Driving through a recent morning rain in the mountains of West Virginia, 60-year-old Kelvin Pierce grew nervous as he approached a gate in the middle of a mud-caked dirt road.
He had been there before, but that was nearly 20 years ago, when the compound beyond the gate headquartered what the FBI considered one of the most prolific and powerful white supremacist groups in America, the National Alliance – an organization led by his own father, Dr. William Luther Pierce.
“To be honest, I have an awful lot of stuff going through my mind as I think about going up to this property,” Pierce confessed to an ABC News team, which accompanied him on the trip.
His father had purchased the sprawling 350-acre property in 1985, hoping that many Americans would “flock” to his “whites-only enclave,” and that the property would help kickstart the “cleansing of America, as he saw it,” according to Pierce. From Pierce's perspective, William Luther Pierce and his followers had two goals: to turn all of America into a "white-only homeland," and to violently overthrow the U.S. government in the name of white nationalism.
Though Pierce’s father died in 2002 and the National Alliance’s position in the white power movement has since faded, the hatred and bigotry behind it all have not. In fact, counterterrorism officials warn that, after years of decline, hate groups are once again proliferating inside the United States – an unnerving reality mirrored by what Pierce saw that rainy morning on the West Virginia compound.
“It sat derelict for years, but now they have people working on the property, and they're kind of trying to bring it back to life,” Pierce said.
When Pierce first negotiated for permission to tour the property, the new head of the National Alliance, Will Williams, even told Pierce: “Everybody thought we were down and out. But we're back. … We are definitely back,” Pierce recalled Williams saying.
Pierce is now racing to stop what he called the “illness” of hatred from spreading even more. That’s why he brought ABC News with him to West Virginia, opening up about his own racist past, the personal demons that fueled his hate, and the struggle he endured to defeat them.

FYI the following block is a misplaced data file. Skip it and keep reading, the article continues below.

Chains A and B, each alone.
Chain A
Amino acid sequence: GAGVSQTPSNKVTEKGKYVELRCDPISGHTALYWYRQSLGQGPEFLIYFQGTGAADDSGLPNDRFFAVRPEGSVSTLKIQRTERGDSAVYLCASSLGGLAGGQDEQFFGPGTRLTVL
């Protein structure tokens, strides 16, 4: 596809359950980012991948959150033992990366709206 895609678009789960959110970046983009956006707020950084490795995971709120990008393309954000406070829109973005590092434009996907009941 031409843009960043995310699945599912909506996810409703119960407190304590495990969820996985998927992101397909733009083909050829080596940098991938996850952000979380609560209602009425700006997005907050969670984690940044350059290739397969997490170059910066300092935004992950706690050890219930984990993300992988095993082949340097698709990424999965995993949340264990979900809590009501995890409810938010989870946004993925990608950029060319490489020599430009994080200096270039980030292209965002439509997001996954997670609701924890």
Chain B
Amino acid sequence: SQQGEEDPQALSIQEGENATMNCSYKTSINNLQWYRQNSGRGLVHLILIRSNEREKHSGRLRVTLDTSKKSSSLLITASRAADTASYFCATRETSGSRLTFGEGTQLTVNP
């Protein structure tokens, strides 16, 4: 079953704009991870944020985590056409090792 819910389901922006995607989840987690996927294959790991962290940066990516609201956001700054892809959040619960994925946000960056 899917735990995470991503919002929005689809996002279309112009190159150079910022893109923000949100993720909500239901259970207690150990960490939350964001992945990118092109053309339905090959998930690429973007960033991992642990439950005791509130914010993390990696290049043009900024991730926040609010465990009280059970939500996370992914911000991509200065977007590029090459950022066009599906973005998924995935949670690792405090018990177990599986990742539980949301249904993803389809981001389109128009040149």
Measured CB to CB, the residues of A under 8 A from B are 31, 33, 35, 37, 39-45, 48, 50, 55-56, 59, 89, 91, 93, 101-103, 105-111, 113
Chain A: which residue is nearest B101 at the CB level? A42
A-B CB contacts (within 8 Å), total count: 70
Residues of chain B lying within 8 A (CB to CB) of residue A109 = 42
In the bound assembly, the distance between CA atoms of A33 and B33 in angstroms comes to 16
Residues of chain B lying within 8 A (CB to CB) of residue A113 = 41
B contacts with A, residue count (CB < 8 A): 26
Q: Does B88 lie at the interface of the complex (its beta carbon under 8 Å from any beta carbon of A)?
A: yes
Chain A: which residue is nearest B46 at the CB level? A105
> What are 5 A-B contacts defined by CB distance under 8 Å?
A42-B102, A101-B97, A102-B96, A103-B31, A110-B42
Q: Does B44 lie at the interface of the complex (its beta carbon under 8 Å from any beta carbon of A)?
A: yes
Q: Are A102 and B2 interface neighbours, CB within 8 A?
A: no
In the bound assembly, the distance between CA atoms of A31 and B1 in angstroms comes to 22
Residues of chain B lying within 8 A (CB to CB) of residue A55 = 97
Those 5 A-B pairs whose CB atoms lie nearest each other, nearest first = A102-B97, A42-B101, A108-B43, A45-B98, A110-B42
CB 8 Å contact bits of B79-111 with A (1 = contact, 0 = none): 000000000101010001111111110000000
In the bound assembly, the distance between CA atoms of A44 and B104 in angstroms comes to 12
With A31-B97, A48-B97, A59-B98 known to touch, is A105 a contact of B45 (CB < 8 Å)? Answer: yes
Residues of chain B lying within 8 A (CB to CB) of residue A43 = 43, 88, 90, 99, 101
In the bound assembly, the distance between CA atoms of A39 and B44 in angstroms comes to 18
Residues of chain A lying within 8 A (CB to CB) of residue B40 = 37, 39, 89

“There's hope that is engendered by a story like [mine],” he said. “If I could overcome that hatred, and that depression, and that feeling of unworthiness, then maybe somebody else could too.”
Born into bigotry
Pierce was raised to be a bigot.
Like so many other American children, when he was young he often dreamed of visiting the nation’s capital – but his dreams were far different than those of most kids.
“I remember fantasizing about going into Washington, D.C., standing on a street corner holding a machine gun, and mowing down Black people with that machine gun,” Pierce told ABC News in his first TV interview. “I used to actually fantasize about doing that.”
When Pierce was nine, his father implemented a new rule for playtime at the community swimming pool: “If a Black person came and got into the pool, we had to leave,” Pierce said.
In high school, his father barred him from playing team sports because, Pierce remembers his father telling him, “You have to shower with Blacks” – “And he didn’t use the word ‘Blacks.’"
When Pierce was in college, his father published the novel “The Turner Diaries,” which experts describe as the white power movement’s “bible” with its depictions of a violent campaign against the U.S. government and a global race war that leads to the eradication of Jews, Black people and other non-whites.
“They were direct reflections of fantasies that he had, about actions that he wished he could carry out himself,” Pierce said of the stories in the book.
Then, when Pierce was in his 20s, his father purchased the West Virginia property, which helped cement the elder Pierce as one of the most influential white supremacists in modern history.
Even Timothy McVeigh, the nation’s most ruthless domestic terrorist, was a follower.
Before authorities caught up with McVeigh in 1995 for bombing the federal building in Oklahoma City, McVeigh called the National Alliance three times “to see if they had any safe havens,” McVeigh said in rarely-heard audiotapes obtained by ABC News.
And when authorities arrested him, they found highlighted excerpts of “The Turner Diaries” in his car. He had bought the book “in bulk,” he said.
Pierce said he’s sure his father “absolutely” approved of the Oklahoma City bombing, which killed 168 people – including 19 children in a daycare center – and injured nearly 700 others.
“He would say that, you know, ‘These are unfortunate results of what needs to happen for us to accomplish our goals,’” according to Pierce.
Who 'planted that seed' of extremism
Even today, Pierce said he isn’t quite sure who first “planted that seed” of extremist ideology in his father.
“But once that seed was planted, he made a decision to germinate that seed, to nourish that seed and to grow that hatred,” Pierce said.
What Pierce does know is that his father was a “very intelligent man” with a PhD in physics, who became somewhat lost professionally – that’s when his father began voraciously consuming racist literature and books such as Adolf Hitler’s “Mein Kampf,” Pierce said during hours of interviews.
That’s also when his father stopped paying attention to his children – unless he was angrily beating them for some perceived infraction, Pierce said.